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Eur Radiol. 2015 Dec;25(12):3685-95. doi: 10.1007/s00330-015-3794-0. Epub 2015 Jun 3.

Free DICOM de-identification tools in clinical research: functioning and safety of patient privacy.

Author information

1
University of Groningen, University Medical Center Groningen, Center for Medical Imaging - North East Netherlands (CMINEN), Department of Radiology, Hanzeplein 1, Postbus 30001, 9700 RB, Groningen, The Netherlands. k.y.e.aryanto@umcg.nl.
2
University of Groningen, University Medical Center Groningen, Center for Medical Imaging - North East Netherlands (CMINEN), Department of Radiology, Hanzeplein 1, Postbus 30001, 9700 RB, Groningen, The Netherlands.

Abstract

PURPOSE:

To compare non-commercial DICOM toolkits for their de-identification ability in removing a patient's personal health information (PHI) from a DICOM header.

MATERIALS AND METHODS:

Ten DICOM toolkits were selected for de-identification tests. Tests were performed by using the system's default de-identification profile and, subsequently, the tools' best adjusted settings. We aimed to eliminate fifty elements considered to contain identifying patient information. The tools were also examined for their respective methods of customization.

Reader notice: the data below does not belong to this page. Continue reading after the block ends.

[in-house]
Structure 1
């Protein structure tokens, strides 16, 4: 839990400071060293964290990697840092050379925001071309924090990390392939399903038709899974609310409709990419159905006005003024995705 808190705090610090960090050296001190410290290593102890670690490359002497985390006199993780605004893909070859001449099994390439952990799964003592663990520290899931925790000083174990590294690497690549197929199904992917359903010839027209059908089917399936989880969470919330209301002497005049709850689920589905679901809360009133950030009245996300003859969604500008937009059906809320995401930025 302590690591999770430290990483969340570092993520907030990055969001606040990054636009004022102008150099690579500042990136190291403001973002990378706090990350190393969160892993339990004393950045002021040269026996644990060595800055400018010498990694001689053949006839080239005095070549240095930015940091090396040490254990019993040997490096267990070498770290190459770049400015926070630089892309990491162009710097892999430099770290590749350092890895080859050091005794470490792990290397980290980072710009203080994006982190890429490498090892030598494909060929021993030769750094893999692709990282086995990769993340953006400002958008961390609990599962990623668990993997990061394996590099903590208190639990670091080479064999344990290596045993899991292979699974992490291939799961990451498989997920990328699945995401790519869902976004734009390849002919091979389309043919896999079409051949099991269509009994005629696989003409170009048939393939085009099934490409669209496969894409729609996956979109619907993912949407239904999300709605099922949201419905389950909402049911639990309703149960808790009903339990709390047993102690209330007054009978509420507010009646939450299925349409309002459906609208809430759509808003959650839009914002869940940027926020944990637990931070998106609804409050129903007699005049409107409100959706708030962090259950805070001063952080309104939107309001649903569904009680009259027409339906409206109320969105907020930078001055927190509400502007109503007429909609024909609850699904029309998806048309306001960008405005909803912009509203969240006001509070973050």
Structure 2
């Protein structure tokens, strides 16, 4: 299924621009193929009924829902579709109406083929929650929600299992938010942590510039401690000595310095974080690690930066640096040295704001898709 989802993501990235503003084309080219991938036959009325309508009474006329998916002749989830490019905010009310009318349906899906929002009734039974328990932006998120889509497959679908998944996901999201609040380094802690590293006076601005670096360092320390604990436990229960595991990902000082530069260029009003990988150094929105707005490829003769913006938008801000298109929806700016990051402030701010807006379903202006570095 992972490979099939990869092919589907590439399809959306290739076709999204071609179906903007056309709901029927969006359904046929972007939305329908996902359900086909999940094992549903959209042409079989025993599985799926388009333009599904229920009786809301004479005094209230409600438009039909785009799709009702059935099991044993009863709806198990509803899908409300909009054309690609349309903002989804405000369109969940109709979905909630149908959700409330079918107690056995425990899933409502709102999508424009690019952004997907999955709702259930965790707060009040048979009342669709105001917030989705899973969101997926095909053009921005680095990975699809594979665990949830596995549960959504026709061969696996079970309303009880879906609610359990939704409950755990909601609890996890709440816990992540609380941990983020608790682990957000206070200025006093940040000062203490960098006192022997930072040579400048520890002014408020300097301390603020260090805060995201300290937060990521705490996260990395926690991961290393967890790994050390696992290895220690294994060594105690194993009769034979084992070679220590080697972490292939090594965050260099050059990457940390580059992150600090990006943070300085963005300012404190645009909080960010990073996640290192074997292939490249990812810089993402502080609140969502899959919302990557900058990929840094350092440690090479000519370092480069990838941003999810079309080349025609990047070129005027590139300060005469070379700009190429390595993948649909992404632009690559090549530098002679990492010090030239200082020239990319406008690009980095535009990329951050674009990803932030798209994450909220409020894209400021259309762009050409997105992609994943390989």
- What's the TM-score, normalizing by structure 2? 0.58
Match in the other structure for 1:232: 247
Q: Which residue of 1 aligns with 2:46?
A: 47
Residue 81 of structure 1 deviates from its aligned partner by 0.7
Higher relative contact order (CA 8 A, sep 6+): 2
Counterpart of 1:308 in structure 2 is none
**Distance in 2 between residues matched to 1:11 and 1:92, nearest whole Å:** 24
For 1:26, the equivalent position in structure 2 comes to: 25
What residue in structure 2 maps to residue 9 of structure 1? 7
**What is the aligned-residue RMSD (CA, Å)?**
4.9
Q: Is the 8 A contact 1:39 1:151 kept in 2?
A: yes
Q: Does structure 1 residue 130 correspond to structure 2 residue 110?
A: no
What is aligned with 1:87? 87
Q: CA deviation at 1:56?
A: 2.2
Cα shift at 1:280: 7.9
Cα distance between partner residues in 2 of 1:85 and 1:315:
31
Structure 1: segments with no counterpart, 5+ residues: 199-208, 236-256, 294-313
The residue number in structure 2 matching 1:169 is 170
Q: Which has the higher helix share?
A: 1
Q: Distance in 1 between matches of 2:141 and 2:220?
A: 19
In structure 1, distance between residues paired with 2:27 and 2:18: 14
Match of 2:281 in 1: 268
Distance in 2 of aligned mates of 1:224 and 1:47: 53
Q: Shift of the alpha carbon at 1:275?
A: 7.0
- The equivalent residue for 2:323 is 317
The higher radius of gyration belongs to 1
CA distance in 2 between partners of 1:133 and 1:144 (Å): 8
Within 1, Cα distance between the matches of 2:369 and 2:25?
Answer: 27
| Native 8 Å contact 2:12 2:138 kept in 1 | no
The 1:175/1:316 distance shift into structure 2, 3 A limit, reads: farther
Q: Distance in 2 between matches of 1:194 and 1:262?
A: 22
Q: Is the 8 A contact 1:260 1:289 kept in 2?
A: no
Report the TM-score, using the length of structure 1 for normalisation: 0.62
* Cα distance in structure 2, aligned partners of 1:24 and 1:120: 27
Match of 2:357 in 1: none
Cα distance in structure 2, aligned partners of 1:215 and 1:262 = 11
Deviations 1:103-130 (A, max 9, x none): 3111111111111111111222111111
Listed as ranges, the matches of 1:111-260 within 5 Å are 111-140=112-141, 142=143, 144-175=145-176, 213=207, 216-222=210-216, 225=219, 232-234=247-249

RESULTS:

Only one tool was able to de-identify all required elements with the default setting. Not all of the toolkits provide a customizable de-identification profile. Six tools allowed changes by selecting the provided profiles, giving input through a graphical user interface (GUI) or configuration text file, or providing the appropriate command-line arguments. Using adjusted settings, four of those six toolkits were able to perform full de-identification.

CONCLUSION:

Only five tools could properly de-identify the defined DICOM elements, and in four cases, only after careful customization. Therefore, free DICOM toolkits should be used with extreme care to prevent the risk of disclosing PHI, especially when using the default configuration. In case optimal security is required, one of the five toolkits is proposed.

KEY POINTS:

• Free DICOM toolkits should be carefully used to prevent patient identity disclosure. • Each DICOM tool produces its own specific outcomes from the de-identification process. • In case optimal security is required, using one DICOM toolkit is proposed.

KEYWORDS:

Anonymisation and Pseudonymisation; Anonymous Testing; DICOM Freeware Tools; Data Protection; Patient Data Privacy

PMID:
26037716
PMCID:
PMC4636522
DOI:
10.1007/s00330-015-3794-0
[Indexed for MEDLINE]
Free PMC Article

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